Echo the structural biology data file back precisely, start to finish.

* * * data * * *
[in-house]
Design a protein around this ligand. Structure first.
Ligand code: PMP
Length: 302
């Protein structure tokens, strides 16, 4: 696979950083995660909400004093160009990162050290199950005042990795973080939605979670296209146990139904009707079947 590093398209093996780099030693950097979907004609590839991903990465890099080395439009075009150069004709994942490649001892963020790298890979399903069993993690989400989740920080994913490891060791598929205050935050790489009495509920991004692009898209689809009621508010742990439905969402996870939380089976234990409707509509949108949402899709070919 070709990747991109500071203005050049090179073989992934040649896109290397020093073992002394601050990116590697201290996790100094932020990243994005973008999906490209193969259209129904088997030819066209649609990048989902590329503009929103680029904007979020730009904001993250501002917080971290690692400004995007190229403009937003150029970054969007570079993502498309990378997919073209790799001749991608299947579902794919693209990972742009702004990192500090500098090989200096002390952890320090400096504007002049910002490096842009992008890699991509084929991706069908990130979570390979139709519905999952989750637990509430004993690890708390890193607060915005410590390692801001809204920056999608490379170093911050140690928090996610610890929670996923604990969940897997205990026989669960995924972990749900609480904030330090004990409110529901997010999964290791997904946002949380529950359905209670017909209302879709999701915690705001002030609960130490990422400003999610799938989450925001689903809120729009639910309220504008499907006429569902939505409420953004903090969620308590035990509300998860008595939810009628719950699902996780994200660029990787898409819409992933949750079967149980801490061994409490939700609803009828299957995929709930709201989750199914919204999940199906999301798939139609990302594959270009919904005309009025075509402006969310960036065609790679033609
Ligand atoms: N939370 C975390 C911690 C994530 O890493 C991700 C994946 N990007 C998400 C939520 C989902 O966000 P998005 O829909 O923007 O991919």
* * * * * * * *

[in-house]
Design a protein around this ligand. Structure first.
Ligand code: PMP
Length: 302
């Protein structure tokens, strides 16, 4: 696979950083995660909400004093160009990162050290199950005042990795973080939605979670296209146990139904009707079947 590093398209093996780099030693950097979907004609590839991903990465890099080395439009075009150069004709994942490649001892963020790298890979399903069993993690989400989740920080994913490891060791598929205050935050790489009495509920991004692009898209689809009621508010742990439905969402996870939380089976234990409707509509949108949402899709070919 070709990747991109500071203005050049090179073989992934040649896109290397020093073992002394601050990116590697201290996790100094932020990243994005973008999906490209193969259209129904088997030819066209649609990048989902590329503009929103680029904007979020730009904001993250501002917080971290690692400004995007190229403009937003150029970054969007570079993502498309990378997919073209790799001749991608299947579902794919693209990972742009702004990192500090500098090989200096002390952890320090400096504007002049910002490096842009992008890699991509084929991706069908990130979570390979139709519905999952989750637990509430004993690890708390890193607060915005410590390692801001809204920056999608490379170093911050140690928090996610610890929670996923604990969940897997205990026989669960995924972990749900609480904030330090004990409110529901997010999964290791997904946002949380529950359905209670017909209302879709999701915690705001002030609960130490990422400003999610799938989450925001689903809120729009639910309220504008499907006429569902939505409420953004903090969620308590035990509300998860008595939810009628719950699902996780994200660029990787898409819409992933949750079967149980801490061994409490939700609803009828299957995929709930709201989750199914919204999940199906999301798939139609990302594959270009919904005309009025075509402006969310960036065609790679033609
Ligand atoms: N939370 C975390 C911690 C994530 O890493 C991700 C994946 N990007 C998400 C939520 C989902 O966000 P998005 O829909 O923007 O991919």